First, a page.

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A fair chance, but no more

The case against the Virginia Military Institute was a triumph for sexual equality, with the U.S. Supreme Court ruling that state-funded educational institutions could not bar women from their ranks. Lawsuits such as the VMI one, which dismantle special government-sponsored opportunities and privileges for men, have helped to level the playing field.

Unfortunately, for some a level field is not enough. Rather than being content with the intrinsic fairness of equality of opportunity, they seek the rigid orthodoxy of equality of result.

That is the misguided philosophy that prompted a group of lawyers associated with the ACLU's Women's Rights Project to petition the U.S. Department of Education, claiming the National Merit Scholarship competition discriminates against women.

Each year, the National Merit competition selects about 15,000 semifinalists out of the million students who take the Preliminary Scholastic Assessment Test, better known as the PSAT. This means that about 985,000 students are eliminated from the scholarship competition based solely on their test scores. The semifinalist pool is usually 60 percent male and 40 percent female.

Scholarships, nearly 6,500 of them, are then awarded from among the semifinalists based upon one's PSAT score and other factors, such as high school record, personal essay and recommendations. The 60-40, male-female ratio is normally maintained in the awarding of scholarships.

The attorneys claim that because 55 percent of those who compete for the scholarships are female, yet only 40 percent of the winners are female, the test and competition are biased. The attorneys allege in their administrative complaint that somehow, although they do not specifically say how, the PSAT, which evaluates objective verbal and mathematical proficiency, discriminates on the basis of sex. And they point to the fact that women generally have higher grades in both high school and college than their male counterparts.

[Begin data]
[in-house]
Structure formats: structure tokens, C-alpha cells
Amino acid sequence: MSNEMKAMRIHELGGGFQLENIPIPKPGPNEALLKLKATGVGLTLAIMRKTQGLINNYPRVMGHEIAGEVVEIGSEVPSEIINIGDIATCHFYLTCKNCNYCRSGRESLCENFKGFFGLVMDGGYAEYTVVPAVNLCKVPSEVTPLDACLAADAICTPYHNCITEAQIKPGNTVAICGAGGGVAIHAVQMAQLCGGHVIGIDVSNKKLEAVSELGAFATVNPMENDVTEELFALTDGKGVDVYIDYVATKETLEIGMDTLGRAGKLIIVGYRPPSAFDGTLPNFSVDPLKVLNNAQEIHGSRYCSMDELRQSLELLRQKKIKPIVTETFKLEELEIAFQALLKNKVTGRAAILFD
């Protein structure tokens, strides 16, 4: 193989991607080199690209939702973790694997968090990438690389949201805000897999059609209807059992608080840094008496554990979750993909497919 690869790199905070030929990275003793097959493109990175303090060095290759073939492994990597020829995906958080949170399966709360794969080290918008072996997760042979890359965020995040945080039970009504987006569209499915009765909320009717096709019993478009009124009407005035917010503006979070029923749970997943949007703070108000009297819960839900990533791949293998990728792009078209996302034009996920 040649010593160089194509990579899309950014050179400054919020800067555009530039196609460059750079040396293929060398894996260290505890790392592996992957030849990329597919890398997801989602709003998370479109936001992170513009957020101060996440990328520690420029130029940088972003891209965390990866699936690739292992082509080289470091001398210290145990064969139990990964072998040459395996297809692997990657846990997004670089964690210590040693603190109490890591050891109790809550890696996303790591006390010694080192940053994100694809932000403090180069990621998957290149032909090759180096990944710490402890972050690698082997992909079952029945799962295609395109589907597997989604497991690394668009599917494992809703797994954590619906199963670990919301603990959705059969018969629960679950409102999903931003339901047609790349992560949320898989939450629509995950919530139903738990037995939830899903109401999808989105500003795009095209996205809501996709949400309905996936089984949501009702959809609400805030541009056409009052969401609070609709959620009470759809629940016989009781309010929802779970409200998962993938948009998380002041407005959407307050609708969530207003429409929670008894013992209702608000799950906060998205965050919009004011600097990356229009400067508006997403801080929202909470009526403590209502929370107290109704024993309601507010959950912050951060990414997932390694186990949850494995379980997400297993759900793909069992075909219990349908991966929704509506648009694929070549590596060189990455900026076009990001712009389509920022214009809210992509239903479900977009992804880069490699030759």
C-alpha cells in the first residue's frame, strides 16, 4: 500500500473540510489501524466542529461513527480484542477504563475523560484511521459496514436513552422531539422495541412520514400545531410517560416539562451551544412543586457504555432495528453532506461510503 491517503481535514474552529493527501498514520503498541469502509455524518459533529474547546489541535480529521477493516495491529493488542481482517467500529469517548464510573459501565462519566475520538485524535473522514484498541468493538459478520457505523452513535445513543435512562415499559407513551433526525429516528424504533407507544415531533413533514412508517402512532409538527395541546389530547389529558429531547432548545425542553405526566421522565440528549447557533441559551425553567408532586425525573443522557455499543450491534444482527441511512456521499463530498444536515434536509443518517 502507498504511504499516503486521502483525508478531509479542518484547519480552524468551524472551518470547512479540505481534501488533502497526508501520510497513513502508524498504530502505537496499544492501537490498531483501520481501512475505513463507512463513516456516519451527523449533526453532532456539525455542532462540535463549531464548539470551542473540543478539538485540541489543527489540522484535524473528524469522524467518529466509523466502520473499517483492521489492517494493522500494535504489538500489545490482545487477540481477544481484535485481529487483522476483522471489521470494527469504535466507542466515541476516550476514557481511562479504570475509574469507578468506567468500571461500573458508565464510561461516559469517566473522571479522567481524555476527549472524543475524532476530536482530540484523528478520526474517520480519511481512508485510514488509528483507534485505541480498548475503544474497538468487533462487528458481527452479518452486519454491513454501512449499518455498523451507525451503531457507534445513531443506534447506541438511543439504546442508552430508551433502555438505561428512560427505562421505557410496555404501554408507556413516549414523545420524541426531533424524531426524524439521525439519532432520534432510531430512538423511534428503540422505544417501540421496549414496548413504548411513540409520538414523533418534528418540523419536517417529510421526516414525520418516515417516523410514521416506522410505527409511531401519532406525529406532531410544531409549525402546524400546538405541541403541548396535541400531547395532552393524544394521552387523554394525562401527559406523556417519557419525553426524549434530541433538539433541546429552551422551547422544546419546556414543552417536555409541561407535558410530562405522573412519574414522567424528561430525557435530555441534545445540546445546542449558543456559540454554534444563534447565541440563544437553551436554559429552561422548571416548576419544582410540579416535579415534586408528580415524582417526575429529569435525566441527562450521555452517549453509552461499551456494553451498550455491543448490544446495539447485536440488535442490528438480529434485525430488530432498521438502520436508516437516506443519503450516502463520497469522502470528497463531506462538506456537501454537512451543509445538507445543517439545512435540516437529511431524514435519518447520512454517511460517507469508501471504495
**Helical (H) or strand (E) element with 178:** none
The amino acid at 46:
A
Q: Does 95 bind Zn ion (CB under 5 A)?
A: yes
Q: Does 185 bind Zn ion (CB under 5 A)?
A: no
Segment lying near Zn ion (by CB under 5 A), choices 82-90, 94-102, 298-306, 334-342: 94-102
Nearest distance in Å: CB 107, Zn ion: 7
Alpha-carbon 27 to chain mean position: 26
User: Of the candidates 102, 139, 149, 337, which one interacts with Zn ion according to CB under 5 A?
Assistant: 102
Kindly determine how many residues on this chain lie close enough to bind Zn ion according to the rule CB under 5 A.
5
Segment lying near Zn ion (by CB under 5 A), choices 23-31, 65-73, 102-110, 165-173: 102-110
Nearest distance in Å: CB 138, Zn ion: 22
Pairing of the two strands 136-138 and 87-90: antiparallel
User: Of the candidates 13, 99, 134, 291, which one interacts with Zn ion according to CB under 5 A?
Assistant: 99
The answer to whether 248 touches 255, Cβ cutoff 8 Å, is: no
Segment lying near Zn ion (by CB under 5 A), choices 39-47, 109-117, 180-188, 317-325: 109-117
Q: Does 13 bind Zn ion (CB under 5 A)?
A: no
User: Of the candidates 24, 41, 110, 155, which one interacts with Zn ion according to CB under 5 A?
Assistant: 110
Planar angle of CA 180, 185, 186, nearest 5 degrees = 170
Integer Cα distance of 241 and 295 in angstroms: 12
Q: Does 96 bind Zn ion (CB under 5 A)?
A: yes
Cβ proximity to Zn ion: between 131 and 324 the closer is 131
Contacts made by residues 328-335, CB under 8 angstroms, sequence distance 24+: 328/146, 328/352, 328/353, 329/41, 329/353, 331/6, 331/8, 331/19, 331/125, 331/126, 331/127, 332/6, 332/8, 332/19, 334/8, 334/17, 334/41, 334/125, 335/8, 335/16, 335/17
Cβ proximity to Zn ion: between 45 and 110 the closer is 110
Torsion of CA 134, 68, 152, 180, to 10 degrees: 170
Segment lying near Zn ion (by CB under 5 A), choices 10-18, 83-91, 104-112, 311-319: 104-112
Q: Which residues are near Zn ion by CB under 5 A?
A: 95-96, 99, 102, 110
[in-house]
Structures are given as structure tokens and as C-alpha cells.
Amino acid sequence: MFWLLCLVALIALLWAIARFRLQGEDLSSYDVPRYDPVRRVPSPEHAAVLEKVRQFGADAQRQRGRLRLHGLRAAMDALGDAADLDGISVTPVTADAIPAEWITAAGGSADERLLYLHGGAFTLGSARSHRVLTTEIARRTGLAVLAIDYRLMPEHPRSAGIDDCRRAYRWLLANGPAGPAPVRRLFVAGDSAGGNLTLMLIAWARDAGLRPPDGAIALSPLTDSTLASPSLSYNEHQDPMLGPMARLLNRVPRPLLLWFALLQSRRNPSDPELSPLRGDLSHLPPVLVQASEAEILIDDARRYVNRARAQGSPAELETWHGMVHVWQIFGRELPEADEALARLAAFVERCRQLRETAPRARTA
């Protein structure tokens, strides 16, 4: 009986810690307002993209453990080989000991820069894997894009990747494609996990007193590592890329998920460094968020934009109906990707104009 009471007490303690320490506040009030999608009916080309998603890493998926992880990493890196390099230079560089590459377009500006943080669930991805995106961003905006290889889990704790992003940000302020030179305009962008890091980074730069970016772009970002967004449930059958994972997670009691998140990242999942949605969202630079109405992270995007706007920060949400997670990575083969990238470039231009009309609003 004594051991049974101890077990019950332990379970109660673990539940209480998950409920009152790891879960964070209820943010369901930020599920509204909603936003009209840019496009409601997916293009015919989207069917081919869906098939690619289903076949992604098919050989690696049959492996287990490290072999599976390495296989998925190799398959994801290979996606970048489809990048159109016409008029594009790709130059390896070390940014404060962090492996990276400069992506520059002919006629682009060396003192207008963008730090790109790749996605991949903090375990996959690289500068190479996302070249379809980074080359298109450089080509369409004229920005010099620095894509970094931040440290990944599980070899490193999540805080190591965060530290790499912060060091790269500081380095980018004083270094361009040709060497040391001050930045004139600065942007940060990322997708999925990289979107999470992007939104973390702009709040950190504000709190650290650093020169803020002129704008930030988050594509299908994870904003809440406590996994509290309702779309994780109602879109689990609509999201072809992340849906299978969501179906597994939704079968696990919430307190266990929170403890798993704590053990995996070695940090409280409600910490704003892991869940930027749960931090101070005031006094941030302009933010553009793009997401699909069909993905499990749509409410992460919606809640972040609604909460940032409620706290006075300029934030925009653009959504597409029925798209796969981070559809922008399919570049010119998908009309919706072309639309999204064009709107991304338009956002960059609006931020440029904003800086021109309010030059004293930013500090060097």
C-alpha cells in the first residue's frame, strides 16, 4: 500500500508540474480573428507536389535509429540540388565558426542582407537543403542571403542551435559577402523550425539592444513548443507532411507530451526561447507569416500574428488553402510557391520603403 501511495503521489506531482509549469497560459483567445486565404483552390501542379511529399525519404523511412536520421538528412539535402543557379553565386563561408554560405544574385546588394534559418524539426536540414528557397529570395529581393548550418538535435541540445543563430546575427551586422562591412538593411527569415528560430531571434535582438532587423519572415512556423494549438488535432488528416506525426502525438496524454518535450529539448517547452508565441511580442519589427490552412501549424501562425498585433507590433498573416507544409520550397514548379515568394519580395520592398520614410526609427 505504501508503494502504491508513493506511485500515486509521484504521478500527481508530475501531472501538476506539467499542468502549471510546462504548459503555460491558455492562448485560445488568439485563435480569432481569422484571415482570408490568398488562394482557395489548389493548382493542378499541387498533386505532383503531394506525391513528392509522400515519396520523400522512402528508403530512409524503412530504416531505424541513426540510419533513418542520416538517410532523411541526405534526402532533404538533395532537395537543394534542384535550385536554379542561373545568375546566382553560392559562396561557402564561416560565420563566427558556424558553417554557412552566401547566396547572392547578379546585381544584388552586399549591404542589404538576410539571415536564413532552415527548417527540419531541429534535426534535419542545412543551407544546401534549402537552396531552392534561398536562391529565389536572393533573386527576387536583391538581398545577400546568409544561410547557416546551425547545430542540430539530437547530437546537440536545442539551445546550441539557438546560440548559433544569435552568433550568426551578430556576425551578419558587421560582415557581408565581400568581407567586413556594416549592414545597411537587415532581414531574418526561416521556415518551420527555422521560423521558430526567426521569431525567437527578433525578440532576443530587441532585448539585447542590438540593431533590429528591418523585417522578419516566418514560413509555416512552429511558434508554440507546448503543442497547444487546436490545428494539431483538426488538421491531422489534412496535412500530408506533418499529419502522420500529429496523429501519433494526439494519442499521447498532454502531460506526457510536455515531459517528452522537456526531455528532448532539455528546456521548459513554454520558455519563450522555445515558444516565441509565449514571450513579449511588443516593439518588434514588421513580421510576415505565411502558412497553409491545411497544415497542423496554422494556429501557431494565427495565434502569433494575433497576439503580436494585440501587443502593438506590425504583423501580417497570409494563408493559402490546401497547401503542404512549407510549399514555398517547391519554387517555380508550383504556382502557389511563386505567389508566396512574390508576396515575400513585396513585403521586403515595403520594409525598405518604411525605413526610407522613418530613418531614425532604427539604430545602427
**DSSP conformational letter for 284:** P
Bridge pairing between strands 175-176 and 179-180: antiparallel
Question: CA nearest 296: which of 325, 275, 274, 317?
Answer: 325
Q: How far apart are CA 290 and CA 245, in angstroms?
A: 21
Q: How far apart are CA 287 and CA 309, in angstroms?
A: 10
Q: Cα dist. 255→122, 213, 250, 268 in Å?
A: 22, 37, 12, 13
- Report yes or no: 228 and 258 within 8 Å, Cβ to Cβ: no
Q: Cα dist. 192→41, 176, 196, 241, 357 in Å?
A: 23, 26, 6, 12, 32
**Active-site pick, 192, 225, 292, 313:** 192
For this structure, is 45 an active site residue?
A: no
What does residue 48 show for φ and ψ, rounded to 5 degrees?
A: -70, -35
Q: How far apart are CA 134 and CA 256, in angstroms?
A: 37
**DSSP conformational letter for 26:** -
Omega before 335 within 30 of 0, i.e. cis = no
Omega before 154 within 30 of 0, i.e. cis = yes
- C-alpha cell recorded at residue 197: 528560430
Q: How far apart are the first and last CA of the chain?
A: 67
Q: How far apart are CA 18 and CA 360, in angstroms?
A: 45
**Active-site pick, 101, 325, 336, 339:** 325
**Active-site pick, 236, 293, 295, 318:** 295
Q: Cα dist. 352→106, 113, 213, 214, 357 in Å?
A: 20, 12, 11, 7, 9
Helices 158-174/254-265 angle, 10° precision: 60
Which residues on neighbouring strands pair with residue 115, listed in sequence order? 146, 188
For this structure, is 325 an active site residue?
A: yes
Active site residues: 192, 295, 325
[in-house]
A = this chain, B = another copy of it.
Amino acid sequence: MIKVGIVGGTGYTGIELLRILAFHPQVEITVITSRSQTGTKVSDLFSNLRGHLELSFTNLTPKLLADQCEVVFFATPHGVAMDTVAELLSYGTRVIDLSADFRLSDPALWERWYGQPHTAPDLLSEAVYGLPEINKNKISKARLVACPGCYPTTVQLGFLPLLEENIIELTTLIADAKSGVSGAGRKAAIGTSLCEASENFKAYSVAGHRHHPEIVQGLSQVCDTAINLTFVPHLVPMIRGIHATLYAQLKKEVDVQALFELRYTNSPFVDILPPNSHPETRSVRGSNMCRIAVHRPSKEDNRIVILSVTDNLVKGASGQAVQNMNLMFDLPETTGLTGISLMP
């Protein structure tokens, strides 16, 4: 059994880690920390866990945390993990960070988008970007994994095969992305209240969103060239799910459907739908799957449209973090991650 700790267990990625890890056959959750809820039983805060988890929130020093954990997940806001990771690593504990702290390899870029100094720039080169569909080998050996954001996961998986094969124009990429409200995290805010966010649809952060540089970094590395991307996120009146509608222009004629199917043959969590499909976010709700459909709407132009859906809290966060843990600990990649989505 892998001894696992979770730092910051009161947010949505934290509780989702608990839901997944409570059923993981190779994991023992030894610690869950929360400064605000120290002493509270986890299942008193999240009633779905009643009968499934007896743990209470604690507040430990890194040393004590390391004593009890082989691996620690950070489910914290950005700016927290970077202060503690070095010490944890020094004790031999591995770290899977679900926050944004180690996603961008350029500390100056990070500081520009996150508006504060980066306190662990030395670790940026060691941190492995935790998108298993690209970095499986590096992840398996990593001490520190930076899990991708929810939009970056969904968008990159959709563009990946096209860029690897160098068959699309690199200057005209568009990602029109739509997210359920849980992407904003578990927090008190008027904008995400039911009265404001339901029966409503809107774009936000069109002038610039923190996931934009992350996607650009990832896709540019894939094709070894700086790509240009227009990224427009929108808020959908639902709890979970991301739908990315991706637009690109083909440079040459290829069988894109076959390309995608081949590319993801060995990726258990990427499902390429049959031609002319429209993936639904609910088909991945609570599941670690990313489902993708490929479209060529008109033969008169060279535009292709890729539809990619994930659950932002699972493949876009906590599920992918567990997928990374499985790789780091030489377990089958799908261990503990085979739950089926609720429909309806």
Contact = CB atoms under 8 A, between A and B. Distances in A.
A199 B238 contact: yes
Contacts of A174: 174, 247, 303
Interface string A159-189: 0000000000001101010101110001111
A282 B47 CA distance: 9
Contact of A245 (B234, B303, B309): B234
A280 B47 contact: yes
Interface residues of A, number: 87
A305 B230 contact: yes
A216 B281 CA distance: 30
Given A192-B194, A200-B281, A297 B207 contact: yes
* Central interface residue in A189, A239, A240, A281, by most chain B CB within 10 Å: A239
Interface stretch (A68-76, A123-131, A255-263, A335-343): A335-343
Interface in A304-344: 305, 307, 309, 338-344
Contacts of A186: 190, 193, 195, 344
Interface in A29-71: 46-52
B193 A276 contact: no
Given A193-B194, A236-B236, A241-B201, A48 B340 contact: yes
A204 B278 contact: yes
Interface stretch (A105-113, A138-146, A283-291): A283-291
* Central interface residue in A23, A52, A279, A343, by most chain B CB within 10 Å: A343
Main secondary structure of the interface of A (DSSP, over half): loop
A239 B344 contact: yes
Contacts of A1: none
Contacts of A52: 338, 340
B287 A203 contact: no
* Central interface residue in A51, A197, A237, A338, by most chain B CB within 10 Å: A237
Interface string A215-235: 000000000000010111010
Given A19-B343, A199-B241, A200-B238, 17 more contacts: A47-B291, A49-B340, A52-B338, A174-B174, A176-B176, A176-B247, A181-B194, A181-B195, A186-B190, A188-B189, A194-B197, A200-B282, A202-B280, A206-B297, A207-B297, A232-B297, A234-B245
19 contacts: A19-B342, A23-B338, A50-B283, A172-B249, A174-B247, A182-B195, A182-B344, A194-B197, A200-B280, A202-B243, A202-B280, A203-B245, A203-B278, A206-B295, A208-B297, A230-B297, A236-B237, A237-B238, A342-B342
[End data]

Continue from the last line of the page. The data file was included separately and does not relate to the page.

The complaint was filed in 1994, and the attorneys are looking, under the provisions of Title IX, to shut down federal funds to the testing administration. It shouldn't take the government years to throw out this frivolous complaint. Not only is it absurd to argue that the PSAT discriminates against women, such an assertion suggests that girls are not capable of competing equally with boys on such tests _ which is itself a discriminatory notion.

Recent history is replete with examples of testing or qualification procedures that were inherently unfair to women, but the PSAT isn't one of them.

For example, when the Supreme Court struck down the height and weight requirements established by the state of Alabama for prison guards, the court was eliminating a testing paradigm that, although neutral on its face, clearly discriminated against women. Women are not as tall or heavy, on average, as men. Unless there is a direct correlation between those measurements and job performance, the discriminatory test must go.

But that is not the case with the PSAT. The PSAT measures one's facility in reading comprehension, deductive reasoning, basic geometry and algebra. Unless one is willing to concede that women on average are not as able to master these subjects as men (which I am certainly not), the test is not susceptible to the same claims of inherent unfairness.